• Calcium – 48 mg. There is a lot of calcium in the squash! This is not very good for the guinea pigs because this mineral damages their urinary tract. It forms strong bones, but it shouldn’t be consumed in excess by grown guinea pigs.
  • Iron – 4%. It is a vital mineral for the organism. This can be found in the red blood cells, and its role is to give energy, remove fatigue, and prevent anemia.
  • Magnesium – 8%. Magnesium prevents diabetes and heart problems, and it makes bones stronger.
  • Potassium – 10%. Potassium lowers high blood pressure and prevents kidney stone formation.
  • Manganese – 10%. Manganese is another antioxidant in squash. It reduces the risk of most diseases caused by damage of free radicals. Also, it can reduce inflammation, regulate blood sugar, and boost immunity.

Feeding Squash to Guinea Pigs | Possible Risks

Risks to Consider When Feeding Squash to Guinea Pigs

Here are the risks to consider when you feed guinea pigs with squash:

Urinary Problems

The calcium in the squash will severely damage the urinary tract in the guinea pigs. When they are young, they can ingest moderate amounts of calcium for strong bones.

But, when the guinea pigs grow up, they shouldn’t eat foods with lots of calcium. If they do, the calcium piles up in their urinary tract, and it can form kidney/bladder stones or even cause infections, blood in urine, and painful urinating.

Digestion Problems

Squash also has sugar. For a veggie, this amount is moderate, but still, this amount is not so good for the guinea pigs. They need small amounts of sugar. Otherwise, there is a risk of painful digestion, diarrhea, cramps, and gasses with higher amounts.

Serving Size and Frequency of Squash for Guinea Pigs

Preparation, Serving Size and Frequency of Squash for Guinea Pigs

As for the serving of a squash:

Step 1: Start by washing off the vegetable to remove any bacteria or harmful chemicals that could be present.

Step 2: You can cut it into little cubes offering the meaty part.

Step 3: One cup or a handful is enough.

Squash can be given to them 2 to 3 times a week.

Are Squash Skin, Seeds, and Stem Edible for Guinea Pigs?

Some types of squash seeds and stems should be removed since they might choke your pet. Also, you can leave the squash skin, depending on your pet’s preference. However, there are types of squash with thick skin that are not edible for the guinea pigs.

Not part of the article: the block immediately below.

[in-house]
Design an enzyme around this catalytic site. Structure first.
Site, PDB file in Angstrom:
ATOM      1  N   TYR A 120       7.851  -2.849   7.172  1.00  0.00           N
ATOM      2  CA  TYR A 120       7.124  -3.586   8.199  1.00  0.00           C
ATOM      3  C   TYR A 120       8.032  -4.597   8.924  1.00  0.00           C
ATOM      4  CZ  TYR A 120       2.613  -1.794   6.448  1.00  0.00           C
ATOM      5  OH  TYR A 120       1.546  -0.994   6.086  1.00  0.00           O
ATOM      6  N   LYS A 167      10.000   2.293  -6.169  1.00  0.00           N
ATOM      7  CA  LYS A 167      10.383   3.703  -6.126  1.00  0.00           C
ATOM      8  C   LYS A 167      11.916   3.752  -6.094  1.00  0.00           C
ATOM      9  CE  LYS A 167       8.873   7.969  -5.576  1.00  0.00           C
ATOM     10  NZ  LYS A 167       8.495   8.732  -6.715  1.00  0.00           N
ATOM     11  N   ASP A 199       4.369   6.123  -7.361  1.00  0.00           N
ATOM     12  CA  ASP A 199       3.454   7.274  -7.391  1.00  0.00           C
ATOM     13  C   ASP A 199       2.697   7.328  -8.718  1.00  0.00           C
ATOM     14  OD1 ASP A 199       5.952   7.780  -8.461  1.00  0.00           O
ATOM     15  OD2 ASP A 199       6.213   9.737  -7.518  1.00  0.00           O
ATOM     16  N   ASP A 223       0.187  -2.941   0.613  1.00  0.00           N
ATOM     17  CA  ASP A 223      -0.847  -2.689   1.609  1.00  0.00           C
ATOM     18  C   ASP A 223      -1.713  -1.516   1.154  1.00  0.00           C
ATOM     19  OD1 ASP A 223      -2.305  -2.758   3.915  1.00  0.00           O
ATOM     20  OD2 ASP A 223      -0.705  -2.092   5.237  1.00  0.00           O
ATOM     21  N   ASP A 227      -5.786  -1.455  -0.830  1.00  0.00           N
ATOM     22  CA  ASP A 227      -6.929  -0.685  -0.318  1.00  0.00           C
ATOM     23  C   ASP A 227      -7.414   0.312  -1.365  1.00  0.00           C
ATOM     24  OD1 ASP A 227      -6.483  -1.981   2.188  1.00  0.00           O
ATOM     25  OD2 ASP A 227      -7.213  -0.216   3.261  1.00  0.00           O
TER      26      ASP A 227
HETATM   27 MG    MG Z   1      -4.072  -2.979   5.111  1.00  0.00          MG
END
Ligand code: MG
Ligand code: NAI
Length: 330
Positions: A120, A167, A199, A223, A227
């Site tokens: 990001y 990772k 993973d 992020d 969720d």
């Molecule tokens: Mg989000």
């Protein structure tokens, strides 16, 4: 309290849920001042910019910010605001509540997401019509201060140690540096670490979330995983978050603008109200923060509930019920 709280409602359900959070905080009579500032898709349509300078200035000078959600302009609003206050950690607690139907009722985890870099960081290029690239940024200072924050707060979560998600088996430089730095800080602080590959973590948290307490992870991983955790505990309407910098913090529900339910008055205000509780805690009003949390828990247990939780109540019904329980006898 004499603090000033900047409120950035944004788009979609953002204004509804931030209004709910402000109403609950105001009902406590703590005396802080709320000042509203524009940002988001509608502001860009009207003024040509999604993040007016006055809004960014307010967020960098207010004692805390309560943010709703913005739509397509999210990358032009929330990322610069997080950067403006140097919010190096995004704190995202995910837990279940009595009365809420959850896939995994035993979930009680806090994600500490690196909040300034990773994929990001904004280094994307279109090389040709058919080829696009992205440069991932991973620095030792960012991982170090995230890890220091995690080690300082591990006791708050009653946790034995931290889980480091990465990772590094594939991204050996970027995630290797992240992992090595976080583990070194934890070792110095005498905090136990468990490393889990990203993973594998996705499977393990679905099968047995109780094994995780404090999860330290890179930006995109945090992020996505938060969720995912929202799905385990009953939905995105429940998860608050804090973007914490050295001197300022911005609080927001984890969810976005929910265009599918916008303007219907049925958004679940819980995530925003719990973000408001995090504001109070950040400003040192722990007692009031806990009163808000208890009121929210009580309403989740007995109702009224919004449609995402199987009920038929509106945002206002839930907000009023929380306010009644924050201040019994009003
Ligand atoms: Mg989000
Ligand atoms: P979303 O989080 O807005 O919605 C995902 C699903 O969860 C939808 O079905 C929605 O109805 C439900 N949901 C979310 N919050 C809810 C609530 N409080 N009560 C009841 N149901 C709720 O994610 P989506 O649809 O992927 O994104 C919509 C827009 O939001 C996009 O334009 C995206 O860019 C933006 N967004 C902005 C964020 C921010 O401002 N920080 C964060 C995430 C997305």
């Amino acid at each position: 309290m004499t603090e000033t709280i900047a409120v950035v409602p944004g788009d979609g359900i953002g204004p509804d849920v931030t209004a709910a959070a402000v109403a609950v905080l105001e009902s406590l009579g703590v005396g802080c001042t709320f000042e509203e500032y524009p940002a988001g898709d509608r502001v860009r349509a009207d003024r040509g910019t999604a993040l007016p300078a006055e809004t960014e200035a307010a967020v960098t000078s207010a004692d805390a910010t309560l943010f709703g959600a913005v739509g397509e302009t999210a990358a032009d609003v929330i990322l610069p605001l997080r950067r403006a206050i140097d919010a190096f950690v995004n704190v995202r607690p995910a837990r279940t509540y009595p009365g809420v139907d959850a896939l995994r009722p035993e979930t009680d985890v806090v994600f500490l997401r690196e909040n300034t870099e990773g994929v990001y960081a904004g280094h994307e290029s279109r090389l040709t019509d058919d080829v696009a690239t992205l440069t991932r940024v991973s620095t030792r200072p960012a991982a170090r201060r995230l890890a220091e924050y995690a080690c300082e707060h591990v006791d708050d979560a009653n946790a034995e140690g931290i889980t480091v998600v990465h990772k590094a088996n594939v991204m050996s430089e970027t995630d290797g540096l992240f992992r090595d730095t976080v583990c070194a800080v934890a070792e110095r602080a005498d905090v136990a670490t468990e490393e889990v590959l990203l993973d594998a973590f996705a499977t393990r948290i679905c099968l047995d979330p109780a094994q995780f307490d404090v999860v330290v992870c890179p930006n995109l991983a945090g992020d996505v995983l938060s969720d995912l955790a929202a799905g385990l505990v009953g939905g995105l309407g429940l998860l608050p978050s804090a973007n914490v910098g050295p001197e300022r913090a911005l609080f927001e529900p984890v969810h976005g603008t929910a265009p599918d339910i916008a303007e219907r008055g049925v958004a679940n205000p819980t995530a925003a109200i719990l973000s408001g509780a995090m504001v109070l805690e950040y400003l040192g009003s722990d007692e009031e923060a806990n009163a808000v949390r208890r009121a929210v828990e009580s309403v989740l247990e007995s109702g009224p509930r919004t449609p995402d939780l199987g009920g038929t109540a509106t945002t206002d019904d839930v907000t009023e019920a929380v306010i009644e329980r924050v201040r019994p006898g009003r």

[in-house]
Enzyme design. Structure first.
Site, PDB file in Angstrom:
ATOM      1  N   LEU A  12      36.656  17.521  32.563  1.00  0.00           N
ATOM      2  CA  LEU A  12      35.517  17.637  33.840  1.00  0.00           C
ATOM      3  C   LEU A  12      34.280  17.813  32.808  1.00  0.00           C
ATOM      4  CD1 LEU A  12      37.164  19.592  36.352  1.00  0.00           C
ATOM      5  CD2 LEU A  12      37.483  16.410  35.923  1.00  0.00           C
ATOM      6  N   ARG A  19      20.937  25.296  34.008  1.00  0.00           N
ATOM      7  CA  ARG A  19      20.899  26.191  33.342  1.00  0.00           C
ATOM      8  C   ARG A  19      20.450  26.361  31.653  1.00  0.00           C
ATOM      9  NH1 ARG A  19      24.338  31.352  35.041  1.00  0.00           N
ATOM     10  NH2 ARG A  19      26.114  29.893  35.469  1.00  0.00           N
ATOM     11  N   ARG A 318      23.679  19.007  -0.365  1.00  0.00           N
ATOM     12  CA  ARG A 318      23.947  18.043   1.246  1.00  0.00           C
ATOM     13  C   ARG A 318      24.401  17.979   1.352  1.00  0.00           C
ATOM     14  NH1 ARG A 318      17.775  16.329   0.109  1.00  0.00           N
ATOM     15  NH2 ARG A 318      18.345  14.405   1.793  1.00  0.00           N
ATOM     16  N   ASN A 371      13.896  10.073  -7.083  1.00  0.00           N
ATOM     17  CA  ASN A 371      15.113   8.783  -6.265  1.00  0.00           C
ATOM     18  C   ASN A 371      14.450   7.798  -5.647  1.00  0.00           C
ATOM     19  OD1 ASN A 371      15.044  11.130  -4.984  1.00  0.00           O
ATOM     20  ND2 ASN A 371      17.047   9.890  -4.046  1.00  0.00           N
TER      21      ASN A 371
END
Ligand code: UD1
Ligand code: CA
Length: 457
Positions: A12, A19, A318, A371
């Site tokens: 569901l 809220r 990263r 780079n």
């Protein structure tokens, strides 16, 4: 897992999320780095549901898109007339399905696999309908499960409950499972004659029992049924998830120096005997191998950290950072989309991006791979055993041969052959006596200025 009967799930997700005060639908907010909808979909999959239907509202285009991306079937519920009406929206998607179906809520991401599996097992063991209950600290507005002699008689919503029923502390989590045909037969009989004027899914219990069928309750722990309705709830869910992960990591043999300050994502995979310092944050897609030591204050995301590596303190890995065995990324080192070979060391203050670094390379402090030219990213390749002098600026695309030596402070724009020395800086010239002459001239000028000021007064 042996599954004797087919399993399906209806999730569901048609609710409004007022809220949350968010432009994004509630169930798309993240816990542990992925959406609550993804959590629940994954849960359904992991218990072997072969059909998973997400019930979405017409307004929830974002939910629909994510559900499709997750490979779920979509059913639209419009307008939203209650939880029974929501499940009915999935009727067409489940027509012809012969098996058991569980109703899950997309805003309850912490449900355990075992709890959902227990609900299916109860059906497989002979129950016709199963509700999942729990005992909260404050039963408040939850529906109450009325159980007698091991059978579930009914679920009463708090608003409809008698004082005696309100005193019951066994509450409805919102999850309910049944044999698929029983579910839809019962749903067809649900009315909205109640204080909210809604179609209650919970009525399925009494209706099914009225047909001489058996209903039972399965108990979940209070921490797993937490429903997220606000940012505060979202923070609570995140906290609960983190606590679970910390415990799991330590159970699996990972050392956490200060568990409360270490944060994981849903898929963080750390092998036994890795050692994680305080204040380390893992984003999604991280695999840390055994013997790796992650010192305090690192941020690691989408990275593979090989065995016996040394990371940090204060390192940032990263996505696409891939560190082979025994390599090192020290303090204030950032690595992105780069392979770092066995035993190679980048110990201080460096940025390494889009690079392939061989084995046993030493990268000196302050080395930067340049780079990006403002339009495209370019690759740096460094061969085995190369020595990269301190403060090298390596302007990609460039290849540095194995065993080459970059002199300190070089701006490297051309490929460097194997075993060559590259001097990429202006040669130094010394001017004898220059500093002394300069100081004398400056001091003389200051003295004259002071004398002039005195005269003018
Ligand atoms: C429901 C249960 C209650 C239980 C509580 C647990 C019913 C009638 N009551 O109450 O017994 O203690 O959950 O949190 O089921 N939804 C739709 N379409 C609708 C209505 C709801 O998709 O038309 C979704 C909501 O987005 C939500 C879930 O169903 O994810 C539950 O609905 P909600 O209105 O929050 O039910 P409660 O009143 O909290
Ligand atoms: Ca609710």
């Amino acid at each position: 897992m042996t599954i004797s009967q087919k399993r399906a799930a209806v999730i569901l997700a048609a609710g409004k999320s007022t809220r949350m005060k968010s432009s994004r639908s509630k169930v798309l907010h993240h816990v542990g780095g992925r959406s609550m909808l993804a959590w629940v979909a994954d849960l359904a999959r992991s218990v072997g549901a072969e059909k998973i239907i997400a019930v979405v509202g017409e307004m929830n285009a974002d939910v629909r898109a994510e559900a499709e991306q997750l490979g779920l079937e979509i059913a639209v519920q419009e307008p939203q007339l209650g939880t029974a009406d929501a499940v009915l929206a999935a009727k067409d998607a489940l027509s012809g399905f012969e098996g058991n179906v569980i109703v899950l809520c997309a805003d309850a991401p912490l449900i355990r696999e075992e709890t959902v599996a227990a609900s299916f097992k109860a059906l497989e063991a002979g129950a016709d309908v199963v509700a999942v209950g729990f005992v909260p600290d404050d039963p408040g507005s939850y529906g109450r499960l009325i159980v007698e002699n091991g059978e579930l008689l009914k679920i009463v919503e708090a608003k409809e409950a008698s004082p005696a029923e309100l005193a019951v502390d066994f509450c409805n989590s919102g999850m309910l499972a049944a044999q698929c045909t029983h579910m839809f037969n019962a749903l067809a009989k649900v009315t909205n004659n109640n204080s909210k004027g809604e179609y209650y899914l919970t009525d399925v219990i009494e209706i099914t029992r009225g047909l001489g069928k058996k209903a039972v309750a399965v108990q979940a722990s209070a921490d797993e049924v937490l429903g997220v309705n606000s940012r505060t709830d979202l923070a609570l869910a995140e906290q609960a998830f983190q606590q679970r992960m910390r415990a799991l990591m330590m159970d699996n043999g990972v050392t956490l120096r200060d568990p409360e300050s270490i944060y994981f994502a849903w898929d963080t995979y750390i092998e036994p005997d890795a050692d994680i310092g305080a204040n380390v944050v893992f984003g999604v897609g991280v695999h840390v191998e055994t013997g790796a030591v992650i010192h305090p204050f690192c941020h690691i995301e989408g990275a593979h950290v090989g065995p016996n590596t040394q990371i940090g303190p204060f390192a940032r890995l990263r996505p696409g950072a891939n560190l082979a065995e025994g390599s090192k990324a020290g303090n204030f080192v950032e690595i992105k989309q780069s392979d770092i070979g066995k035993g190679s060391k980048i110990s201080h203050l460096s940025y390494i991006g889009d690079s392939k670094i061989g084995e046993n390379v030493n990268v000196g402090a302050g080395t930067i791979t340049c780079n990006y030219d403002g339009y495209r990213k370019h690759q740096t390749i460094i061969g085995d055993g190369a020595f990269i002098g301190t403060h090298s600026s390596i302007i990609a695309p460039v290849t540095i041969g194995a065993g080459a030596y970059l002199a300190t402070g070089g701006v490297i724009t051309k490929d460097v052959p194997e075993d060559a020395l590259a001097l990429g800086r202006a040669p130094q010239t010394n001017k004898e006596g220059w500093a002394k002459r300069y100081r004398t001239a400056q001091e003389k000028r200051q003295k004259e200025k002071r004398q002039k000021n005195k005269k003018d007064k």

Quick Facts on Squash

  • The summer squash can be pattypan or zucchini. It has thick skin and can be eaten whole (seeds and skin).
  • Winter squash is, for example, the pumpkin and the butternut; they have thicker skin that is not edible, the flesh is rougher, and seeds should be removed before consumption.
  • Squash is related to melons and watermelons.
  • The winter squashes have a long shelf-life; they can last even months in a dark and cool place.
  • Winter squashes are called like that because they are stored well during the cold winter months! In fact, they are harvested in the fall, not winter.
  • The spaghetti squash has nothing to do with the pasta spaghetti! It is called that way because when it is cooked, the flesh separates and makes shapes like noodles.
  • The evidence of squash cultivation dates back to 8000 BC in Peru, Central Mexico, and USA territory.
  • The word ‘squash’ comes from the Native American word ‘askutasquash’, meaning ‘eaten raw and uncooked’.
  • Squashes are also used for making candles in Latin America.

Here are more information and facts about different types of squash:

We have also made a full list of foods that guinea pigs can and can’t eat (150+ Types of Foods). Be sure to also check our recommended products page for everything you will ever need to assure a happy life for your guinea pigs. Hope this information was helpful and you have found the answer you were looking for.

Related: Can Guinea Pigs Eat Yellow Squash? (Benefits, Risks, Serving Size & More)

List of Sources

Commercial Squash Production

Watch Your Garden Grow: Summer Squash

Vitamin C Deficiency